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A History Lesson On NFL Free Agency: Remember "Plan B Free Agency"?

About twenty-five years ago, the NFL was amidst a limited form of free agency, known as "Plan B free agency". We take a look back at this system and how it evolved into the free agency frenzy that you see today.

Kirby Lee-USA TODAY Sports

For those that have a Facebook account and "like" the NFL's page, you would have seen a post from them talking about the 20-year anniversary of the league's free agency as we know it today. Since that period, the month of March has turned into a frenzy that rivals the craziness of the NCAA men's basketball tournament where teams throw piles of money at players that could take a team over the top.

But, the truth is, the league didn't always allow its players the kind of freedom that it does today. Teams were basically allowed to treat their players as glorified indentured servants, where they held their rights for the majority of their careers. If a team wanted to retain a player, they almost always did and the main ways that players left were either via trade or after their release.

In 1989, the league introduced a form of free agency called "Plan B". The prestigious higher education institution, MIT, has a publication that helped to describe what this form of free agency was in an article back in 1992:

(Plan B) allows each team to retain limited rights to 37 players each season. A protected player is unable to sign with other teams without giving his old team the first chance to sign him or forcing his new club to compensate his old club if he goes elsewhere.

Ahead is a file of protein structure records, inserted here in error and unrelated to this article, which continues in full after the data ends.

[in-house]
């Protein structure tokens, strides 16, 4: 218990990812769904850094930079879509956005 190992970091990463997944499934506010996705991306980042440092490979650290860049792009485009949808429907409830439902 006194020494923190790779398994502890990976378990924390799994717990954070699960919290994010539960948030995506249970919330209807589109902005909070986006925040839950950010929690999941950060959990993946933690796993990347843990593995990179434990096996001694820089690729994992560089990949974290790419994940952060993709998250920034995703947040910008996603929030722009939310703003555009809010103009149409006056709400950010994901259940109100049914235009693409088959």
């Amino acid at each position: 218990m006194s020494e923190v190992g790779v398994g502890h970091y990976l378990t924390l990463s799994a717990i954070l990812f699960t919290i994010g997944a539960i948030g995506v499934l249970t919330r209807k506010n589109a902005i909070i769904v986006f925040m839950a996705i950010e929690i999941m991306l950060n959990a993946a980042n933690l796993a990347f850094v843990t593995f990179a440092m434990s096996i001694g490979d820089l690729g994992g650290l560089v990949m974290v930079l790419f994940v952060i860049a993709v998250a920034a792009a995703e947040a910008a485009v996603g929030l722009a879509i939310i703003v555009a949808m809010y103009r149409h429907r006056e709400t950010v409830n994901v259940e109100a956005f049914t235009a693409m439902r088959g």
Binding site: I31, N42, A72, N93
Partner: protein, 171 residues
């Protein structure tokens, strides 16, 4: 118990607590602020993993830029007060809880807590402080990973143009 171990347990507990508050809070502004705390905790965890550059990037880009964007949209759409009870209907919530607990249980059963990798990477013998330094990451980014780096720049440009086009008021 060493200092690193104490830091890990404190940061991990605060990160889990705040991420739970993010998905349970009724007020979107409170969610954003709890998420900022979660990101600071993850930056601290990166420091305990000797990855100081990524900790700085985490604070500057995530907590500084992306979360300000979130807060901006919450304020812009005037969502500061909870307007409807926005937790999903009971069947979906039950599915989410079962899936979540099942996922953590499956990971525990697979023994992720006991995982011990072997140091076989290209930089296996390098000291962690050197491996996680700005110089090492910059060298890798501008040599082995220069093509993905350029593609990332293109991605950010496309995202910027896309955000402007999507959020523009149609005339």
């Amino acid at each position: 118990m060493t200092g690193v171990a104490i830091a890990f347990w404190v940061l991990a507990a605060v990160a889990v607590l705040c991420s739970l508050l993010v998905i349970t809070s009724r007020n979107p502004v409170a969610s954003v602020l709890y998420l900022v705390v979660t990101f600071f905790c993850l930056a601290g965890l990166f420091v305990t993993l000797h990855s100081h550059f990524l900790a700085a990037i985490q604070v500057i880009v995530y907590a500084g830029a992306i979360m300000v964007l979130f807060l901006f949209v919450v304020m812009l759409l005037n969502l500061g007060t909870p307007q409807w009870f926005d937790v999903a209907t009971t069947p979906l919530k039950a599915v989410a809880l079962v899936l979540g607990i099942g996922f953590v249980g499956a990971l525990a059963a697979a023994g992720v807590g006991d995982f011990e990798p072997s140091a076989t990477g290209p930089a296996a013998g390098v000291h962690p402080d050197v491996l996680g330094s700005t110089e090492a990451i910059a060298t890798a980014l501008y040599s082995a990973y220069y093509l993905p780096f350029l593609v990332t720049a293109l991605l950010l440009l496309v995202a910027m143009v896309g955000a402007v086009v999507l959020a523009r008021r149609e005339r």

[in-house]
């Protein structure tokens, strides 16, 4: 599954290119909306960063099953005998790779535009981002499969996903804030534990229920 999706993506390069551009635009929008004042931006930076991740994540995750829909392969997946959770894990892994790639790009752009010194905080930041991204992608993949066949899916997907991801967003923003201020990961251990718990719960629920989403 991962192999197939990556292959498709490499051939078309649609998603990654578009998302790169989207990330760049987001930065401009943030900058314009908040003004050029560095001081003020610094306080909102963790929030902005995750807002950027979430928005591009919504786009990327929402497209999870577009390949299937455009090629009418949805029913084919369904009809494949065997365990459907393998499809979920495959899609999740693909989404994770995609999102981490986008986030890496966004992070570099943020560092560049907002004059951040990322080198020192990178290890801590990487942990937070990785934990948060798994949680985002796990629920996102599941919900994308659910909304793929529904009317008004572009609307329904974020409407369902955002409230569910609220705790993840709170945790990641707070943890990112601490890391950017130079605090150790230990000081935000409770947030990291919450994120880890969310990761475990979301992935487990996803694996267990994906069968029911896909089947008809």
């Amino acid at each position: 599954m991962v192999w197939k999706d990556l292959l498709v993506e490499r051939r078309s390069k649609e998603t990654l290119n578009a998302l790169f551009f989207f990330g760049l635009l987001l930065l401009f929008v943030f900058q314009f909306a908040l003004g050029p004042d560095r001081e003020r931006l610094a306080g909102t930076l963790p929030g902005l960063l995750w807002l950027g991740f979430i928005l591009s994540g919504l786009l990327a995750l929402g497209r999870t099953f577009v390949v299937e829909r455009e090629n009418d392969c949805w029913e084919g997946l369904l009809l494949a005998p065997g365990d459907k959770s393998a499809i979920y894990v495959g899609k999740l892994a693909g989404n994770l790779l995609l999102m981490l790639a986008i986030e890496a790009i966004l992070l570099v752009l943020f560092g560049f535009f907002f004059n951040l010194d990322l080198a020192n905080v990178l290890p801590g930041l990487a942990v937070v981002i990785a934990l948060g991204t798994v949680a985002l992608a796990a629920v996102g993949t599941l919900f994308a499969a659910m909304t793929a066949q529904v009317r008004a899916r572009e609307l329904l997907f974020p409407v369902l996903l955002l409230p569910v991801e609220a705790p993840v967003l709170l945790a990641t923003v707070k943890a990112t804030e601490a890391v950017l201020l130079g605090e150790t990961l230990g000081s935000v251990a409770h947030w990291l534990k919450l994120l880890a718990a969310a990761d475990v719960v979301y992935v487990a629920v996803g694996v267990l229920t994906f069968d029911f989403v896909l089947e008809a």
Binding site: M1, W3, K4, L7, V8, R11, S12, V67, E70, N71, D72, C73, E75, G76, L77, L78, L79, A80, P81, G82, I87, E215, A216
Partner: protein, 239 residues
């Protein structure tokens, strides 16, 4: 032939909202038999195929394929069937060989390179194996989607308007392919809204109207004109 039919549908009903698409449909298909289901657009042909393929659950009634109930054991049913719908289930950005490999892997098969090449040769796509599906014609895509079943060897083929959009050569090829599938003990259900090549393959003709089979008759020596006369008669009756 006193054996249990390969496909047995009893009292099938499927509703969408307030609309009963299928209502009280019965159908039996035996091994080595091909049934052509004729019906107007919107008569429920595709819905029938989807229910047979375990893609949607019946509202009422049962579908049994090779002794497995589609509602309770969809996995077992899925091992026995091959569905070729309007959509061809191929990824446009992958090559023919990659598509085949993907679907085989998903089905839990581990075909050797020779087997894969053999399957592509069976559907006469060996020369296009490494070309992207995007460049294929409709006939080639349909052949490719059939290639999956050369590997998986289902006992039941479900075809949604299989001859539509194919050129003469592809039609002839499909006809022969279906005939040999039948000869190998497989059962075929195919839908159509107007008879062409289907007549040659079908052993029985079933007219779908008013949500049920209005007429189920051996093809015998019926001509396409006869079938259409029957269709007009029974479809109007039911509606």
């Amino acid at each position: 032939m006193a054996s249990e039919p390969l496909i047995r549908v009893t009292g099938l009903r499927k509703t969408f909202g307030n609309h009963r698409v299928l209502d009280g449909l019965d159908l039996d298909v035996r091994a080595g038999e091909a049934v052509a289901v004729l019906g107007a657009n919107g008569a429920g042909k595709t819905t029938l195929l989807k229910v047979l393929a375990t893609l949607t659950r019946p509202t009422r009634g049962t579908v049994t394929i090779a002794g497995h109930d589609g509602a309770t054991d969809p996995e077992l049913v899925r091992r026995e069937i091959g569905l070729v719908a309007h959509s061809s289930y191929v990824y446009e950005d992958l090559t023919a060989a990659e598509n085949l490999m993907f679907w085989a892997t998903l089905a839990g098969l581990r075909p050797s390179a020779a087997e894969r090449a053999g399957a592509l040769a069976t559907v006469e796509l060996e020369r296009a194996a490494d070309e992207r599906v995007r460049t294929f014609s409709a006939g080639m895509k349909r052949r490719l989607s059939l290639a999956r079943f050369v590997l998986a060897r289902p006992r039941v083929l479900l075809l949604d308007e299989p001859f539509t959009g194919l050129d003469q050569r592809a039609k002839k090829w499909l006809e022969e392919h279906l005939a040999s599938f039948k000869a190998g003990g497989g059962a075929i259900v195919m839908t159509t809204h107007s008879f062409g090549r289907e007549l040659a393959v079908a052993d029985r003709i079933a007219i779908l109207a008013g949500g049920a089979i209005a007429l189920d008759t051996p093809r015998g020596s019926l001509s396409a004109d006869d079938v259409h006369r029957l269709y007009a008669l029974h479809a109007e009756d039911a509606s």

If it sounds kind of like an offer sheet situation with a restricted free agent today, you're not crazy. However, nearly 25 years ago, there wasn't much of a difference between today's restricted and unrestricted free agents, because well, there weren't any true unrestricted free agents. In 1992, the process to eliminate Plan B free agency began.

Eight players led the charge in a lawsuit against the NFL in an effort to label Plan B free agency a violation of antitrust laws. Ironically, Judge David Doty, the same man who was involved in the NFL's labor dispute in 2011, was involved in this case. Ultimately, it was ruled that Plan B free agency was in violation of antitrust laws and Plan B was no longer in effect after the 1992 season began and players had full freedom in free agency by 1993.

Not so coincidentally, it was around that time that the once-dominant Bengals team from the 1980s and the beginning of the 1990s began to dismantle. Former running back, James Brooks, was tabbed as a Plan B free agent after the 1992 season, but subsequently left for the Cleveland Browns in the middle of that year and stayed there through the 1993 season. Former Bengals Pro Bowl tight end, Rodney Holman also left the Bengals in 1992 for Detroit and finished his final three seasons there and Anthony Munoz also left the Bengals after the 1992 season. After spending some time in camp with his former coach, Sam Wyche in Tampa Bay, Munoz called it quits. Quarterback Boomer Esiason also left after 1992, but he landed with the Jets via trade.

Needless to say, the NFL and free agency have come a long way in twenty short years. In comparison to the other major American sports, the NFL has always been a trendsetter and the most innovative. The freedoms allowed in their free agency period exemplify that--especially with Plan B in the rear view mirror.